CUNY City College offers several special programs to support their students (The City University of New York). Typically, women and minorities are underrepresented in STEM fields (according to Landiver (2013) women, Hispanics, and blacks account for less than 40% of STEM workers). CUNY City has a program called CCAPP for these students.
Even though 96% of CUNY City students are from New York, they have a group to mentor international students (ISSS). Low-income students are helped through SEEK. All students are offered advising and tutoring.
Each school within the college has their own tutoring centre. A search of student clubs offers many groups for students to join, like the Japanese Language and Culture Club, the Muslim Students Organisation, and the National Society of Black Engineers. This allows students to form friendships with others that have similar beliefs and values which is important for retention. Those that do not are at risk of departure during their first year (Hossler and Bontrager, 2015, p. 301).
The City College of New York. (n.d.). Retrieved February 5, 2020, from https://ccny.cuny.edu
Hossler, D. & Bontrager, B. (2015). Handbook of strategic enrollment management. San Francisco, CA: Jossey-Bass.
IPEDS Data Center. (n.d.). Retrieved February 5, 2020, from https://nces.ed.gov/ipeds/datacenter/
Landiver, L.C. (2013). Disparities in STEM employment by sex, race, and Hispanic origin. American Community Survey Reports. Retrieved from https://www2.census.gov/library/publications/2013/acs/acs-24.pdf
Wagner College values diversity and inclusion. There are multiple resources and programs that Wagner has developed over the years to increase awareness and inclusivity. LEAD (Leadership, Empowering, Activism, and Development) is a mentor program that helps freshman students of colour (wagner.edu).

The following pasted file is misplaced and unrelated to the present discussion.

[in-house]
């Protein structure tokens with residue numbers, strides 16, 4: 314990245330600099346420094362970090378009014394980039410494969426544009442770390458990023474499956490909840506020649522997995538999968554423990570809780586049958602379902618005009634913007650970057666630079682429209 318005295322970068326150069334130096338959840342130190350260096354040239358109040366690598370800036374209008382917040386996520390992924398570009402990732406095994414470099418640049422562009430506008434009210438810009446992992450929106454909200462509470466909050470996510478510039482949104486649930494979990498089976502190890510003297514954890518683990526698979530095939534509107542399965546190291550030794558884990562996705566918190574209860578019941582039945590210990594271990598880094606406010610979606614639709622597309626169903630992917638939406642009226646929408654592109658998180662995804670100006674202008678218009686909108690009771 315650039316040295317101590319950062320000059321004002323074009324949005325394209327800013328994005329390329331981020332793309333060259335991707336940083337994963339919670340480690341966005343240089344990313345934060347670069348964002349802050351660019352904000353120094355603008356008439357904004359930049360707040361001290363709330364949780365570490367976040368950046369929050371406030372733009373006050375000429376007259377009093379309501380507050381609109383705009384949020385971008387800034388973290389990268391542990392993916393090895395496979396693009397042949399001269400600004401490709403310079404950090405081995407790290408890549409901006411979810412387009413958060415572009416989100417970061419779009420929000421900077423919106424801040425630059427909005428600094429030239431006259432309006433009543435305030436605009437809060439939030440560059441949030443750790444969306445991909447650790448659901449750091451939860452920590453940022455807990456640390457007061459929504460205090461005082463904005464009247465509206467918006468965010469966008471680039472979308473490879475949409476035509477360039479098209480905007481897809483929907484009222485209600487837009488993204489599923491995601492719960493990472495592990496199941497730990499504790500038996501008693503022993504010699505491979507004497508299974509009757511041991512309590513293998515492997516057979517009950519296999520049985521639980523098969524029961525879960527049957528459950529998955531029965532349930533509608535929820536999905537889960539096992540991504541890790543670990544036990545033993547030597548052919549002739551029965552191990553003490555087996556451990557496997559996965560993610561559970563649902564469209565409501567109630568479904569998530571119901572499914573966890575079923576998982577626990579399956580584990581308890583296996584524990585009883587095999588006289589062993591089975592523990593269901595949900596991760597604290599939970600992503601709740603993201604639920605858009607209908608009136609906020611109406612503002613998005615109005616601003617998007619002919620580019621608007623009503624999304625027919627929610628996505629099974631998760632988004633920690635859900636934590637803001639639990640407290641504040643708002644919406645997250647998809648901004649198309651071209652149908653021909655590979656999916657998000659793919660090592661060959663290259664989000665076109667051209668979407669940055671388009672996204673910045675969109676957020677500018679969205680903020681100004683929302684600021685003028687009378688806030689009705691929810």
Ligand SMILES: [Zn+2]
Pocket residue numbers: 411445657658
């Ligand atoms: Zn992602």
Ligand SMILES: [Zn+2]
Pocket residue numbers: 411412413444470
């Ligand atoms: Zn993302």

These mentor ships divulge into training and workshops to enhance the students’ skills both academically and professionally, but also help build a nurturing environment. The institution has a Student Government Association and Black Student Union that LEAD partners with to develop educational programs to create a safe diverse community.
There is also a Men of Color Initiative at Wagner: promoting “excellence through scholarship, achievement, leadership, and citizenship” (wagner.edu). Wagner College takes pride in its theme month programming for diversifying their heritage programs through social justice dialogues.
It brings the faculty and students together to educate, bring awareness to, build community relationships, and development. Lastly, Wagner has a large LGBTQ+ community advocacy group that strives to provide the resources and development for this community and the campus community; Safe Zone workshops, Day of Silence activism, and the Iris Alliance.
The attached diagram represents the percentages of race/ethnicity for fall enrolment for undergraduate students. There are 65% females and 35% males.
The chart below Wagner’s is that of the College of Staten Island (CSI) CUNY. This is one of the only other colleges on Staten Island; direct peer group to Wagner College. CSI has 54% female and 46% male undergraduate students enrolled.
Both institutions have a higher percentage of white/Caucasian students, with Hispanic or African American as second/third highest percentage.
There is little to no representation of American Indian, Alaskan or Native Hawaiian for either institution. Due to the nature of the community in Staten Island I am not surprised at the similarities in the percentages. Most of these students are commuters.
The Integrated Post-secondary Education Data System (IPEDS). (2020). Retrieved from http://nces.ed.gov/ipeds/